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This book explores representations of queer migrant Muslims in international literature and film from the 1980s to the present. It brings together a variety of contemporary writers and filmmakers of Muslim heritage engaged in vindicating same-sex desire from several Western locations. The book approaches queer Muslims as figures forced to negotiate their identities according to the expectations of the West and of their migrant Muslim communities. It coins the concept of queer micropolitical disorientation via the work of Gilles Deleuze and Félix Guattari, Sara Ahmed and Gayatri Gopinath. The author argues that depictions of queer Muslims in the West disorganise the social categories that make up contemporary Western societies. The study covers three main themes: queer desire across racial and national borders; Islamic femininities and masculinities; and the queer Muslim self in time and place. These thematic clusters examine the nuances of artistic depictions of queer Muslims’ mundane challenges to Western Islamophobia and Islamicate heteronormativity. Written in a scholarly but accessible style, this is a timely contribution to the controversial topic of Islam and homosexuality, forging understanding about the dissident position of Muslims who contravene heteronormative values and their equivocal political position in the West.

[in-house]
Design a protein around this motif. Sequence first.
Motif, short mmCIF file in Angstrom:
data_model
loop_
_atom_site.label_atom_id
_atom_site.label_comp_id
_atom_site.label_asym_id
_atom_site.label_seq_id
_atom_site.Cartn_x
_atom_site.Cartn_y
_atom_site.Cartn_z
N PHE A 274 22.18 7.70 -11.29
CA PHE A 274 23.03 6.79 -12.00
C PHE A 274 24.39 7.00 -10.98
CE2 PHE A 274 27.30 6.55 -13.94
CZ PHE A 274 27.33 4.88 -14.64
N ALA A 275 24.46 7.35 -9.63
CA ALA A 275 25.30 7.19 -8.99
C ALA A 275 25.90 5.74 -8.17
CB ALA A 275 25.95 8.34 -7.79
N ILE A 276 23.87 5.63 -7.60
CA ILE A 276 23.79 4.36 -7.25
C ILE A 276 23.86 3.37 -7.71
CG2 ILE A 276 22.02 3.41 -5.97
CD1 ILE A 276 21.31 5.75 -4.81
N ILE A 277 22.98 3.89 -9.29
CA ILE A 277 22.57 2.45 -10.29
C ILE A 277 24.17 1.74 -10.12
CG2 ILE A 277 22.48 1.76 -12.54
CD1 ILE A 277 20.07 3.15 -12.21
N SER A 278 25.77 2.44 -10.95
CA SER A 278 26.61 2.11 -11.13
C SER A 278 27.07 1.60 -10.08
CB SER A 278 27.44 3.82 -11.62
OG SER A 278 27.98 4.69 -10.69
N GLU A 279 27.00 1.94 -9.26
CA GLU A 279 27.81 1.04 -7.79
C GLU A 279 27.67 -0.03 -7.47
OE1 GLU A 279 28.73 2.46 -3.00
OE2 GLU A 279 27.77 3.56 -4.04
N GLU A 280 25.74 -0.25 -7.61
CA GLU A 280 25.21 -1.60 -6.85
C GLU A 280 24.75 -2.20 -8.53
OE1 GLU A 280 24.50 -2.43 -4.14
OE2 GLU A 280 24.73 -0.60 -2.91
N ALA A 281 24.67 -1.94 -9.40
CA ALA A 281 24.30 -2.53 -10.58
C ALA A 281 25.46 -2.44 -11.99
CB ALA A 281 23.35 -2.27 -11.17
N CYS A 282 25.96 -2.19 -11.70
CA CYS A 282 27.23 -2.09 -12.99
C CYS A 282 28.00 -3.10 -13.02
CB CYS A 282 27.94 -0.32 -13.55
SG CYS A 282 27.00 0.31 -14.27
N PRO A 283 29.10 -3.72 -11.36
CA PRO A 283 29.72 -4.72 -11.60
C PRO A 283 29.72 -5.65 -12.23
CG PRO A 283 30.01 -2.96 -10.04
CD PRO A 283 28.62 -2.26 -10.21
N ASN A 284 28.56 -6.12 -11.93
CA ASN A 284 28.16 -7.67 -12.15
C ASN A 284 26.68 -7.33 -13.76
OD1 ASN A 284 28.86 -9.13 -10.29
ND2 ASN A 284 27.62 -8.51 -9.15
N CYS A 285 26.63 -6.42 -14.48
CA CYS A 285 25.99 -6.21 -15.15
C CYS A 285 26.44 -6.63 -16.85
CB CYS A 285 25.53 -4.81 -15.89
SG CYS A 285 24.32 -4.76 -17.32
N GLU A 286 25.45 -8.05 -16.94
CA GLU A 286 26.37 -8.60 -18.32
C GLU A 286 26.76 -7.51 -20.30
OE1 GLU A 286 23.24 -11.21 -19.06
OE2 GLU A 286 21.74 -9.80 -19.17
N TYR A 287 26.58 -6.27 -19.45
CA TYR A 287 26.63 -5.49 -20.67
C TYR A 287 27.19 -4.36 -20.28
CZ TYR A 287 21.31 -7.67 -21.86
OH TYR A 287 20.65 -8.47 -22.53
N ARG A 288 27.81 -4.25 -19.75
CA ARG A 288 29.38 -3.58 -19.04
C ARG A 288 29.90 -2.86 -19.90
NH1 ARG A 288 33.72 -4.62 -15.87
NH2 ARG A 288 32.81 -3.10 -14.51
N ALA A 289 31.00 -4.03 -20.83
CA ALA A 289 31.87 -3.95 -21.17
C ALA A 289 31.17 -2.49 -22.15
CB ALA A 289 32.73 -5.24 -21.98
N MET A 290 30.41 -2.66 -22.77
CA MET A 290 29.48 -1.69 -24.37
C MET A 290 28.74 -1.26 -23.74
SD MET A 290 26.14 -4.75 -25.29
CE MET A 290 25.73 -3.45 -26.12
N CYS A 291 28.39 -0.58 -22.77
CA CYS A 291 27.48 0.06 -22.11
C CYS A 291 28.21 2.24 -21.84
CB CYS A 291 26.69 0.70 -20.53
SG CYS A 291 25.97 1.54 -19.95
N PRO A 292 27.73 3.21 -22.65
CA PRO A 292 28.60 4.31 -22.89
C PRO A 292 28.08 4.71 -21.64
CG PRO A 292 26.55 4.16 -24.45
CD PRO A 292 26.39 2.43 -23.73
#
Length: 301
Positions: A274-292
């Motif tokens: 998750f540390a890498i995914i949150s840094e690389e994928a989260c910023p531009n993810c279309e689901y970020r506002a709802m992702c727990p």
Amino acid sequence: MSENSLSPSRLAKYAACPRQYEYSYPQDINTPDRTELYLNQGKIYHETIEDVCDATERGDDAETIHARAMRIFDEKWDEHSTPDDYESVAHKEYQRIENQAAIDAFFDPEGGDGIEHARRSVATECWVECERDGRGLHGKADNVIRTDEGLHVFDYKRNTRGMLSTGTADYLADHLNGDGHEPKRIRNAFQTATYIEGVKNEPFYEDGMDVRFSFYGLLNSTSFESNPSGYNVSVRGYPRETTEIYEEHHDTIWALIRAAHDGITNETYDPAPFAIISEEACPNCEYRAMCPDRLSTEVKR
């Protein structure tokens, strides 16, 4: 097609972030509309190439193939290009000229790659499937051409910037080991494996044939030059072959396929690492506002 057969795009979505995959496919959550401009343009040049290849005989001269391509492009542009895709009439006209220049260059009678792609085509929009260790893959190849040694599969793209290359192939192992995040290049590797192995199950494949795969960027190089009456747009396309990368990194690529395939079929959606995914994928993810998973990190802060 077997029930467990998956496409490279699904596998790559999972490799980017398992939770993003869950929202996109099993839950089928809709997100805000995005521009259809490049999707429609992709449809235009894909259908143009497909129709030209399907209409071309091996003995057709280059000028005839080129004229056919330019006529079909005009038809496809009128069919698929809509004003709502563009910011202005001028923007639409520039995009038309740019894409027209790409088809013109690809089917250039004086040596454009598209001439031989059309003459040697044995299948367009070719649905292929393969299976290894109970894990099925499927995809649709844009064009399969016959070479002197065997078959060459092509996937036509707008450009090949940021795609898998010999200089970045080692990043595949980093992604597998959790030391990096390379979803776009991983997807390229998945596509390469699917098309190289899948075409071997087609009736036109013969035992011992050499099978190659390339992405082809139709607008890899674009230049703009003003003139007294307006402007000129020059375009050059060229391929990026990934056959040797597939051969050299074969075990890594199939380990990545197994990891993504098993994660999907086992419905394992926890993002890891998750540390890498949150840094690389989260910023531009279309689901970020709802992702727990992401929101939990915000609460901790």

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Queering Islam and micropolitical disorientation

rather as agents of micropolitical disorientation in societies where different forms of macropolitical segmentalisation constantly intersect. As will become apparent in dialogue with Sara Ahmed, it is often too easy to romanticise queer diasporic subjects as inhabiting alternative semiotic spaces, when in fact their routine lines of flight from normativity, which I formulate via Gilles Deleuze and Félix Guattari, reveal their mundane micropolitical disorientation of normative social categories. As such, I present queer diasporic Muslims neither as exceptional figures

in Queer Muslim diasporas in contemporary literature and film
Queer phenomenology, and cultural and religious commodifi cation in Hanif Kureishi’s My Beautiful Laundrette (1985) and The Buddha of Suburbia (1990)

. 51). I concur with the idea that Kureishi’s craft transcends the pedagogic role of the minority artist, as it refuses to create any images of British Muslims – or of white Britishers – that are solely vilifying or victimising. As Jago Morrison suggests, Kureishi’s texts ‘are far too playful, irreverent and counter-cultural to fit into any orthodox political agenda’ ( 2003 , p. 179). Instead, Kureishi concentrates more keenly on disorientating his audience by challenging essentialist identitarian constructions of race, ethnicity, class, and sexuality. Kureishi

in Queer Muslim diasporas in contemporary literature and film
Queering time, place, and faith in the diasporic novels of Rabih Alameddine

, reflects: ‘Bodies that experience disorientation can be defensive […]. So, too, the form of politics that proceed from disorientation can be conservative, depending on the “aims” of their gestures, depending on how they seek to (re)ground themselves’ (Ahmed, 2006 , p. 158). Ramzi’s diasporic disorientation results in becoming the ‘carbon copy’ of his American boyfriend Peter’s stylised but emotionally detached version of the homosexual. To his half-sister Sarah, he is not queer, but homonormative, failing to challenge American sexual taxonomies